Teach English in Peru in Private Schools: Gain Experience and Get Paid
Teaching English in Peru is a unique experience to gain international experience, with a guaranteed monthly pay, in a program endorsed by a professional and serious organization. You will be an English teacher in a private school in Lima, Peru’s capital city, and fully responsible for your class. Positions are fully managed by each school, under Peruvian regulations. Meddeas will provide you with support moving to teach in Peru, initial training, and advice for every day practical non-school-related matters.
What does it involve to teach English in Peru? You will deliver English lessons to students, encourage oral practice in English, explain the culture of your own country, prepare exams, and create teaching materials (following the advice and guidelines of your school).
Depending on the position, you could teach English to Elementary, Middle, and/or High School students.
TEACHING IN PERU – PROGRAM CONDITIONS
- Participants are directly hired by the local school and paid according to Peruvian standards
- Most schools are located in Lima (or in other urban areas)
- 9 to 10-month programs (starting on 12th March 2018)
- 24-28 teaching hours per week, as junior main teacher
- Salaries depend on the school and local standards, usually starting at US$1300/month (paid in the local currency)
- First-week accommodation is covered by the school
Our Private Schools in Peru
Meddeas cooperates with different private schools in Peru, most of them located in the capital, giving you the opportunity to teach English in Lima. This program is different from Meddeas’ Language Assistant programs in Spain, as it offers English teaching jobs in Peru. The main difference is that you will be directly hired by the local school as a junior main teacher and you will be fully responsible for your class. Meddeas professional and experienced staff will give you support and information to prepare your trip and stay in Peru.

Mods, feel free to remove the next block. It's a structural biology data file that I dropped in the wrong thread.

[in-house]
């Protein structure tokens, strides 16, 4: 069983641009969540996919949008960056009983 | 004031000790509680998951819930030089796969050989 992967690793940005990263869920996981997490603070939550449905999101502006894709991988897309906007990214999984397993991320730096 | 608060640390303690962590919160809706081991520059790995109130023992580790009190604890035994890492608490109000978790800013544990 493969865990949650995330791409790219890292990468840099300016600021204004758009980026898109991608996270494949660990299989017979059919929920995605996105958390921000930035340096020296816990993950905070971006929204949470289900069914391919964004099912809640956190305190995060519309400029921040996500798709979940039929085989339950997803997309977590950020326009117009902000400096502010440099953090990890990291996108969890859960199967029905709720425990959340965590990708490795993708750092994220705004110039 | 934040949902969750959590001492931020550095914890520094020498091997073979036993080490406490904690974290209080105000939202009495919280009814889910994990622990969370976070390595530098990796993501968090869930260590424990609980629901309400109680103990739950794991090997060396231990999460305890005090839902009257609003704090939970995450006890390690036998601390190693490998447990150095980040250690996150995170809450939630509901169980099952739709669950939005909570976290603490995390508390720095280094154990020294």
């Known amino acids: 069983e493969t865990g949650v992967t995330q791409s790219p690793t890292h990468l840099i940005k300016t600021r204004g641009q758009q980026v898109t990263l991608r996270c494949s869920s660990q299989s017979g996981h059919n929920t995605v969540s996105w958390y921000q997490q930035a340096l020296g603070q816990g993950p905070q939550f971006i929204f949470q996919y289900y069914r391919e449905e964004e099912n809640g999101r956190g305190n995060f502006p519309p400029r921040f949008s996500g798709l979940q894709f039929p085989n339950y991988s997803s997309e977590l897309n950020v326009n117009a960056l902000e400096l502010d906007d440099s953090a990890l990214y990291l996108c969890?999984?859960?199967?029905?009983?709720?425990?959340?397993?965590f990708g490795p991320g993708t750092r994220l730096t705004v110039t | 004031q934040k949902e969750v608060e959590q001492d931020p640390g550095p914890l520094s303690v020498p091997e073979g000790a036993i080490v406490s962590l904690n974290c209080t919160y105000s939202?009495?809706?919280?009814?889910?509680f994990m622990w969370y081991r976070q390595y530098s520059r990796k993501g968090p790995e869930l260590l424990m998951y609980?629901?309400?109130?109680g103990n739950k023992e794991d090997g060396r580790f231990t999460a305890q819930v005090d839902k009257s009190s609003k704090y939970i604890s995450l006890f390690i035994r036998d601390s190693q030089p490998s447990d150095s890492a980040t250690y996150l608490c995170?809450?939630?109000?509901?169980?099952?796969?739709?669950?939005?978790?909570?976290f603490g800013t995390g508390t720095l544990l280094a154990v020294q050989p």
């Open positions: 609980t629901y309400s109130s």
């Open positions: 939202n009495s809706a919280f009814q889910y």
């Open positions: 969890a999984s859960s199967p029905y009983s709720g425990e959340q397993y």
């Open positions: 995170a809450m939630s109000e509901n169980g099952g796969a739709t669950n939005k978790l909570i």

The Country: Teaching English and Living in Peru
Peru presents a colorful tapestry of indigenous cultures and Spanish traditions, boasting a great wealth of heritage. It has delicious gastronomy, imposing archaeological complexes with over 5,000 archaeological sites, 12 UNESCO World Heritage Sites, and great natural reserves. 10,000 years of developing civilizations make it one of the most varied countries in the world.
It is a politically stable country with a consolidated democracy. Its economy is classified as upper middle income by the World Bank, being one of the world’s fastest-growing economies with an affordable cost of living.
The Jungle occupies 59% of the territory of this country, where 12% of the country’s population is concentrated. The Mountains, dominated by the Andes mountain range, occupy 30% of the territory and are home to 36% of the population. Most of the population (52%) is concentrated along the coast, despite only occupying 11% of the national territory.
Spanish is Peru’s official language and is spoken by 84% of its population. In addition, there are over a hundred Aboriginal languages spoken in the country, including Quechua and Aymara, spoken by 13% and 1.7% of the population, respectively.
Live and Teach in Lima
With 8.5 million inhabitants, ‘Lima is Peru’, as the celebrated Peruvian writer Abraham Valdelomar quite rightly said. You can encounter all its customs and indigenous groups in its colonial streets and modern districts that look out onto the Pacific Ocean, in which the present and the past coexist creating a unique place: a synthesis of Peruvian cultural diversity.
But beyond the historic-cultural aspect of Peru’s capital, Lima is also film and theater, good music, shopping and art galleries, nights out, museums, and a different cityscape. It has gained recognition as the gastronomic capital of the region, thanks to its range of restaurants, bars, and markets. In fact, renowned food critics consider Lima the world’s best food city.
It also has an important Pre-Hispanic legacy that can be found both in the city center (Huacas of Mateo Salado, Pucllana, or Huaca Huallamarca) and on the southern outskirts of the city (Pachacamac sanctuary).